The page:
In brief: Tony, 31, has gotten paid for acting since he was 10, when he played a Page in the 1991 national tour of Camelot at the Fox Theatre with Stacy Keach as Arthur. He’s taller now and at Georgia Ensemble Theatre through Sept. 23 in The Man Who Came to Dinner, then in Synchronicity Theatre’s world premiere of The Minotaur (Oct. 26-Nov. 11). He’s the Minotaur.

Hometown: Atlanta. Morningside neighborhood.

Lives now: Atlanta. East Atlanta/Edgewood neighborhood.

Did he ever leave home? Yes! He went to college at Florida State University, exiting in 2003 with a BFA in acting. He spent four years in New York, performing at such theaters the Bank Street, Theater for the New City, Acorn, the Studio Theatre on Theatre Row, and the Mitzi E. Newhouse at Lincoln Center.

Where you’ve seen him: As nervous painter Leo Irving in In the Next Room or the Vibrator Play at Synchronicity, as Don McCorkle in the world premiere of Sarah Gubbins’ Fair Use at Actor’s Express, and as singing, dancing bad guy Ray Hamilton in the musical Clyde ‘n Bonnie: A Folktale at Aurora Theatre. He’s also worked at the Alliance Theatre, Georgia Shakespeare, Jewish Theatre of the South and Theatre in the Square, among others.

First time onstage: At Christ the King School in Buckhead, where, as part of his classwork, he helped write an adaptation of Snow White. He played the Prince; his buddy Drew played Snow White. He won the award for best actor; Drew, a guy, did not win best actress.

Why theater: “Because I grew up in it and also because I have a deep love for it. It’s the only thing I love this much and the only thing I feel this good at and the only thing I think is worth my time. I’m in love with it. All aspects. It drives me crazy, but it’s also my reason for being.”

He comes by it honestly: His mom, Susan Shalhoub-Larkin, was the first actor in the family and an Atlanta theater pioneer, co-founding the Center for Puppetry Arts and being an original company member of Theatre Atlanta (which evolved into the Alliance) and GET. See her onstage in October and November in Two Drink Minimum at Theatrical Outfit.)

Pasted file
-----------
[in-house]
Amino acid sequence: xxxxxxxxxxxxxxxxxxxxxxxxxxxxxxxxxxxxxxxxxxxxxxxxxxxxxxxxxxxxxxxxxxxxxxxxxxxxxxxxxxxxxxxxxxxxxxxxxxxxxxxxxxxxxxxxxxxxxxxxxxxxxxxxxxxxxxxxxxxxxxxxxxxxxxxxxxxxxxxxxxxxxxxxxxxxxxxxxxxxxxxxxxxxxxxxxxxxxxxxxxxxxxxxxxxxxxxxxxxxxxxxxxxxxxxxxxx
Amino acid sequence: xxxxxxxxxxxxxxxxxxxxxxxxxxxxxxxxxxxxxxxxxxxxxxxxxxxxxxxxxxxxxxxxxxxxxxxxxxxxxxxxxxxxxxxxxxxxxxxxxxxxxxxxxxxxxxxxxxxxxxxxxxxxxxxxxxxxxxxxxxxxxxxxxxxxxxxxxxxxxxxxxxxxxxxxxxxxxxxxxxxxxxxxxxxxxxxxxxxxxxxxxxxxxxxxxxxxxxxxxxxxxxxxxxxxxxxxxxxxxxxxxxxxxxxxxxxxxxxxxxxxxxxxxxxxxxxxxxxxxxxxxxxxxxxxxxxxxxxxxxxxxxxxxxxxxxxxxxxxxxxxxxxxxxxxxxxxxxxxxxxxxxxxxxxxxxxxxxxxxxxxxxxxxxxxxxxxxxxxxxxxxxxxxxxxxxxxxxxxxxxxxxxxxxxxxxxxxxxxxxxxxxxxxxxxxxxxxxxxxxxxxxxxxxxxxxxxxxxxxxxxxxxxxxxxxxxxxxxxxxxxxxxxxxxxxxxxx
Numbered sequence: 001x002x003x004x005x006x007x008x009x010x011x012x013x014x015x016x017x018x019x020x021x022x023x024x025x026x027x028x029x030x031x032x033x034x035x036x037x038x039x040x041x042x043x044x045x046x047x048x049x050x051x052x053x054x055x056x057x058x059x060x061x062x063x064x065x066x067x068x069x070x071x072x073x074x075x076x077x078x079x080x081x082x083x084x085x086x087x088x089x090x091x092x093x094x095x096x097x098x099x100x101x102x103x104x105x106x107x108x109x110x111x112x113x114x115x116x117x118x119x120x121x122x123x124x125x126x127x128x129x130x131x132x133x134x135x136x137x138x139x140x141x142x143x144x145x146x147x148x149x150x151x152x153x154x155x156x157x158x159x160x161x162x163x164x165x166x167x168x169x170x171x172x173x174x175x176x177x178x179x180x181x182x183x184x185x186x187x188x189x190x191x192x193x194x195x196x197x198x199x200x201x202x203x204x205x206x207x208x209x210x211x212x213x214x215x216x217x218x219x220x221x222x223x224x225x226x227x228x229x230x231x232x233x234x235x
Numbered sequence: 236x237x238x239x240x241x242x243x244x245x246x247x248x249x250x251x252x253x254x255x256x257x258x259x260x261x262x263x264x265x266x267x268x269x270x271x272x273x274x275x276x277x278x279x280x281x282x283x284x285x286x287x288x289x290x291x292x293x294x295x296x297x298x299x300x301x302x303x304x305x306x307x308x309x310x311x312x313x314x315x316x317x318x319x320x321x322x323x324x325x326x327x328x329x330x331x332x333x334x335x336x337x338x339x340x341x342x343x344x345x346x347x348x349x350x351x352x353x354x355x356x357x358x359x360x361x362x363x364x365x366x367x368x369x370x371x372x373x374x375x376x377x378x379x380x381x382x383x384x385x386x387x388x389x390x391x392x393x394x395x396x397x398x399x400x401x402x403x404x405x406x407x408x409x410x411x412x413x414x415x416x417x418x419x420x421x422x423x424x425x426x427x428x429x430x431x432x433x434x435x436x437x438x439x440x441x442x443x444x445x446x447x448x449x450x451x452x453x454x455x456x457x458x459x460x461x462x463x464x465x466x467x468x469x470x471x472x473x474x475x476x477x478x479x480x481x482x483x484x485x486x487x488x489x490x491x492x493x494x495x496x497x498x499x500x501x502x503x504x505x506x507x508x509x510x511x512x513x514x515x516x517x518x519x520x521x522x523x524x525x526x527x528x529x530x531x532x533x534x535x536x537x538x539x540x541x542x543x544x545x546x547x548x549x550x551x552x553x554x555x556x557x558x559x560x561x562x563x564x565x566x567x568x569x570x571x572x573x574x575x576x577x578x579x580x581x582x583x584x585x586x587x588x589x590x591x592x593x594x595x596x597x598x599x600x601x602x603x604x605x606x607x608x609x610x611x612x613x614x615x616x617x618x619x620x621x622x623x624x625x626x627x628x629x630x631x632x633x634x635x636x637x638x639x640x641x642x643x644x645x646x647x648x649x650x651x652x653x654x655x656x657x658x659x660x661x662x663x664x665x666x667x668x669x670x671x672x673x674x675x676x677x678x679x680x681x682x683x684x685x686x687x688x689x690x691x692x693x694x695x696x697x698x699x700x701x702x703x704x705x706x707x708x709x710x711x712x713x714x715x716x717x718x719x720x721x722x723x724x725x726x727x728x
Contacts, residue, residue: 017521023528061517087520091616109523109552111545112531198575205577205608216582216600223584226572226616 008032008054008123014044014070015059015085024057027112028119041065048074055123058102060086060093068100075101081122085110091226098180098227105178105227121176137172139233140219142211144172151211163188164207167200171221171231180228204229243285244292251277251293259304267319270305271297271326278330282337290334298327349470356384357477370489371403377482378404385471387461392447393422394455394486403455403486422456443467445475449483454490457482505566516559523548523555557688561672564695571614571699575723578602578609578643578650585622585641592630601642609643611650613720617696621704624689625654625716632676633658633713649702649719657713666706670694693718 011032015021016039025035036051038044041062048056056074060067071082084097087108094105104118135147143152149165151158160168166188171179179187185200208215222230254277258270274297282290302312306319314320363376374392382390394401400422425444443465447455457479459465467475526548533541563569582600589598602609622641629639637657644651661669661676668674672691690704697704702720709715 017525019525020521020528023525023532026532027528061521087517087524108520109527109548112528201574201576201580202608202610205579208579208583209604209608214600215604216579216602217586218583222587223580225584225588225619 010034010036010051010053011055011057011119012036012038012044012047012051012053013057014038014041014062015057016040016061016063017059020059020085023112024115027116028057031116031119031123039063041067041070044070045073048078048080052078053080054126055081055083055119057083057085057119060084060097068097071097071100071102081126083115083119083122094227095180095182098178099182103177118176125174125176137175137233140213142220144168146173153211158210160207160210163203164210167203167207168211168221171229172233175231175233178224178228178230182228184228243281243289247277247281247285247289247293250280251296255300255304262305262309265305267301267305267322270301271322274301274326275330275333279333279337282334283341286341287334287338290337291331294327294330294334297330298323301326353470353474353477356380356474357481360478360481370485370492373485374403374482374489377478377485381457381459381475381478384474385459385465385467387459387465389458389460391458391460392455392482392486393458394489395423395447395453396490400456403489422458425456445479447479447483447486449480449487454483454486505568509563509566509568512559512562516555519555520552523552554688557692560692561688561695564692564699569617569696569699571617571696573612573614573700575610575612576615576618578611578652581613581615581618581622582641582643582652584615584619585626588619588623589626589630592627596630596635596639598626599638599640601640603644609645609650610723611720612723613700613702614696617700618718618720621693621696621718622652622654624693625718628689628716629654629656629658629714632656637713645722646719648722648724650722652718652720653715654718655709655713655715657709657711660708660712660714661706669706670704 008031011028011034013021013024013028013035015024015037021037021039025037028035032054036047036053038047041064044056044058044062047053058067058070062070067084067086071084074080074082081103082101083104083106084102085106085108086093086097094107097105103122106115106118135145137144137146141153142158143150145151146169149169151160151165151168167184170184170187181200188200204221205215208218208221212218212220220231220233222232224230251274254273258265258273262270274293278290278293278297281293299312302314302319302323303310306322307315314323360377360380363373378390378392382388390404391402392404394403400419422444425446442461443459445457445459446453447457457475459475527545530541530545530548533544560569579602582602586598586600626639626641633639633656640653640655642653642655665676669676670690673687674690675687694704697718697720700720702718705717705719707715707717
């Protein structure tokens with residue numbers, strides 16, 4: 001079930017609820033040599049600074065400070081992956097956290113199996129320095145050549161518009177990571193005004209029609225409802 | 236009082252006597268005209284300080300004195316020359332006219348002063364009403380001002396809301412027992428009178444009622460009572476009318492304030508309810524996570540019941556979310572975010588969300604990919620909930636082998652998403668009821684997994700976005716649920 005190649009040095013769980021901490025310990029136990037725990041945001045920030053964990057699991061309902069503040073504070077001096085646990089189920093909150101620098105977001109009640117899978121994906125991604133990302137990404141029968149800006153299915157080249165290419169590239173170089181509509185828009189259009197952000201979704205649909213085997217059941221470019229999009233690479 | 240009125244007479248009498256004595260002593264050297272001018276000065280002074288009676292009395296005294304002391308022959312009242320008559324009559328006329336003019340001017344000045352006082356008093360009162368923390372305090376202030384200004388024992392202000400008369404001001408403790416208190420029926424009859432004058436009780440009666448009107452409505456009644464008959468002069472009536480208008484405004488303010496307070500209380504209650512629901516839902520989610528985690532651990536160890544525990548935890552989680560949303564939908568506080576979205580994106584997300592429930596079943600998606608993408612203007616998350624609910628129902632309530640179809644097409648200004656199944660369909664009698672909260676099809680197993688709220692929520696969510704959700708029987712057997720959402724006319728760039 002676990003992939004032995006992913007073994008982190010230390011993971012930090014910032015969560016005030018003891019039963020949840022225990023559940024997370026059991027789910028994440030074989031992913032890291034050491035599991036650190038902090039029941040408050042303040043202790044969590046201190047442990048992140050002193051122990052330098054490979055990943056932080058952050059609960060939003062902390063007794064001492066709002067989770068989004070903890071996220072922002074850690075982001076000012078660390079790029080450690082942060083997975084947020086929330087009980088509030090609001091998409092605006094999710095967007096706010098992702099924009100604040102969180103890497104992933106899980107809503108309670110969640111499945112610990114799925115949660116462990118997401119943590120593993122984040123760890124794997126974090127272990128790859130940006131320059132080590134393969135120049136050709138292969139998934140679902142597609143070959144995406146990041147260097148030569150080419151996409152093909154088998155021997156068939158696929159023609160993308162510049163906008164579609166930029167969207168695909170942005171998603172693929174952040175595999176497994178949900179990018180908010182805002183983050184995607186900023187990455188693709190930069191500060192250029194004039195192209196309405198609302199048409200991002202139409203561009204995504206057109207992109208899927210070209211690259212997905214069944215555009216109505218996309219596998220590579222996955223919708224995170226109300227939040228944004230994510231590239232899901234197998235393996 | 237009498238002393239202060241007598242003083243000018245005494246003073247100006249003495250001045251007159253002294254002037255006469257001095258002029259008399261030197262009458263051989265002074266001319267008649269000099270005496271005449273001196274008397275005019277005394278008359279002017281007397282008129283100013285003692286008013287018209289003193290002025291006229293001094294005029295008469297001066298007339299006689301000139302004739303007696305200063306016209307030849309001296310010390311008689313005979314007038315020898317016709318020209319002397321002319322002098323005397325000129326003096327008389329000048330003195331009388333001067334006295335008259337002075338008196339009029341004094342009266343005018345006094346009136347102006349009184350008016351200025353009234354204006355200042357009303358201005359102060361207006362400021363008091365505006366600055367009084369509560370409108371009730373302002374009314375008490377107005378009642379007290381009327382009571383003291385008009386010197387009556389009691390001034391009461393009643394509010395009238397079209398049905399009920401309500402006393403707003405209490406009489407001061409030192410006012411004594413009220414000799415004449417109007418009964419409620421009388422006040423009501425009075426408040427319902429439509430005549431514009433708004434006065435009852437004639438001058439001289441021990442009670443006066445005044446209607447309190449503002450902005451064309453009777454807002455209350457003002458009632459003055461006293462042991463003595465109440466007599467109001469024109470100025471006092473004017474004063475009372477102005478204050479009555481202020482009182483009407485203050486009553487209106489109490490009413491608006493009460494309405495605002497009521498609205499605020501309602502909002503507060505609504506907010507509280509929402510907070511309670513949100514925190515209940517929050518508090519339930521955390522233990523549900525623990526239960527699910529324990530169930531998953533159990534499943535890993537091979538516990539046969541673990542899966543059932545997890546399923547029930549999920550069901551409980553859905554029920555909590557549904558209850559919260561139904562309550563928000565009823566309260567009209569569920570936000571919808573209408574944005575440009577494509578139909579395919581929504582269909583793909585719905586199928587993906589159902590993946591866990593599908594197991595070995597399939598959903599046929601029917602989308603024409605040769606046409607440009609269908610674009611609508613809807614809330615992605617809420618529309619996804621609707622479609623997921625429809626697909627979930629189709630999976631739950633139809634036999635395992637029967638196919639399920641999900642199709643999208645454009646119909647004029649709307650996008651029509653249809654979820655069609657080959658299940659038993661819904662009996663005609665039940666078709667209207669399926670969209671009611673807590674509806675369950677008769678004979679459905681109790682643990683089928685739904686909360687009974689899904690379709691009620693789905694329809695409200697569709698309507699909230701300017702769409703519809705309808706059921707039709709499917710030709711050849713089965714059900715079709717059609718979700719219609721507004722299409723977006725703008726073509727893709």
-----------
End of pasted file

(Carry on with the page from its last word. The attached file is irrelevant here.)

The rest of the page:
Next: In addition to The Minotaur, Tony’s doing Robin Hood as part of the Aurora Theatre Learning Library, also in October; It’s a Wonderful Life: A Live Radio Play (Nov. 30-Dec. 16) at Stage Door Players; and Lovers and Lunatics: 3 Farces de Feydeau (Feb. 1-24) with Théâtre du Rêve. He doesn’t speak French. Yet.

The naked truth: He’s seriously funny. He emceed the 2012 Suzi Award nominations (Atlanta’s version of the Tonys) on Sept. 10 with fellow actors Bryan Brendle, Bart Hansard, Anthony Rodriguez and Scott Warren. They took turns removing an item of clothing as each category was announced. By the end they appeared in nothing but bikini briefs, each with a letter spelling out S-U-Z-I-S on their chests (or behind, in Brendle’s case). Tony was the “Z.” Photographic evidence does exist.


Encore Atlanta’s managing editor Kathy Janich has been seeing, editing, writing about or working in the performing arts for most of her life. Full disclosure: She’s affiliated with Synchronicity Theatre, mentioned above. To suggest someone for this column, please email



About Kathy Janich

Kathy Janich is a longtime arts journalist who has been seeing, working in or writing about the performing arts for most of her life. She's a member of the Theatre Communications Group, the Literary Managers and Dramaturgs of the Americas, Americans for the Arts and the National Arts Marketing Project. Full disclosure: She’s also an artistic associate at Synchronicity Theatre.

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